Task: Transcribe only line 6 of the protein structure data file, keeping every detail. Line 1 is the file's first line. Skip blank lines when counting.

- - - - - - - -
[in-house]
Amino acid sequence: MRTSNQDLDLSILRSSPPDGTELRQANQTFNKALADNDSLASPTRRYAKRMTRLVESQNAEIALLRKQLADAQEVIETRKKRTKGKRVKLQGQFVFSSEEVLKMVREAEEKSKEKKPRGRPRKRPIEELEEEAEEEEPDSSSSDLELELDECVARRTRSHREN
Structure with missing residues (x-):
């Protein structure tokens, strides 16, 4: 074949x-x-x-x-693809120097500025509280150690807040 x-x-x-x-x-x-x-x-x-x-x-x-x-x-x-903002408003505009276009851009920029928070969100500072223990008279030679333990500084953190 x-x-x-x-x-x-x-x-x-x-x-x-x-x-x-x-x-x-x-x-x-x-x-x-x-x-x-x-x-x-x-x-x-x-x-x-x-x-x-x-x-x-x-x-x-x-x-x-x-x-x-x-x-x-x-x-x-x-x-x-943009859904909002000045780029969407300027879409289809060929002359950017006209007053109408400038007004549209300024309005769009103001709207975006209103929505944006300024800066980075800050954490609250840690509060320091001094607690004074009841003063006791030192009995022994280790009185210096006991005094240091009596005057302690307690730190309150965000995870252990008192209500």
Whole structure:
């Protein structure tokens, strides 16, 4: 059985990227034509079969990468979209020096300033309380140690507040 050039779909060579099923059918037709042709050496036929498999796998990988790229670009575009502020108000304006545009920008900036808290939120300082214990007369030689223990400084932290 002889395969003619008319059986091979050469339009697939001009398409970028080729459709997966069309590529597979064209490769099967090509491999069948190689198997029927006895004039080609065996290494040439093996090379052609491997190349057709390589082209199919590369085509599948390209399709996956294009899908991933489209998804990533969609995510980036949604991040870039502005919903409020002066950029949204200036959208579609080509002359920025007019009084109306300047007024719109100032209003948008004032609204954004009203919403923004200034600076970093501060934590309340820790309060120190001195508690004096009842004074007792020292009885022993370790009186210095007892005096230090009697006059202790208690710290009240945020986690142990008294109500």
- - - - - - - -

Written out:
């Protein structure tokens, strides 16, 4: 059985990227034509079969990468979209020096300033309380140690507040 050039779909060579099923059918037709042709050496036929498999796998990988790229670009575009502020108000304006545009920008900036808290939120300082214990007369030689223990400084932290 002889395969003619008319059986091979050469339009697939001009398409970028080729459709997966069309590529597979064209490769099967090509491999069948190689198997029927006895004039080609065996290494040439093996090379052609491997190349057709390589082209199919590369085509599948390209399709996956294009899908991933489209998804990533969609995510980036949604991040870039502005919903409020002066950029949204200036959208579609080509002359920025007019009084109306300047007024719109100032209003948008004032609204954004009203919403923004200034600076970093501060934590309340820790309060120190001195508690004096009842004074007792020292009885022993370790009186210095007892005096230090009697006059202790208690710290009240945020986690142990008294109500």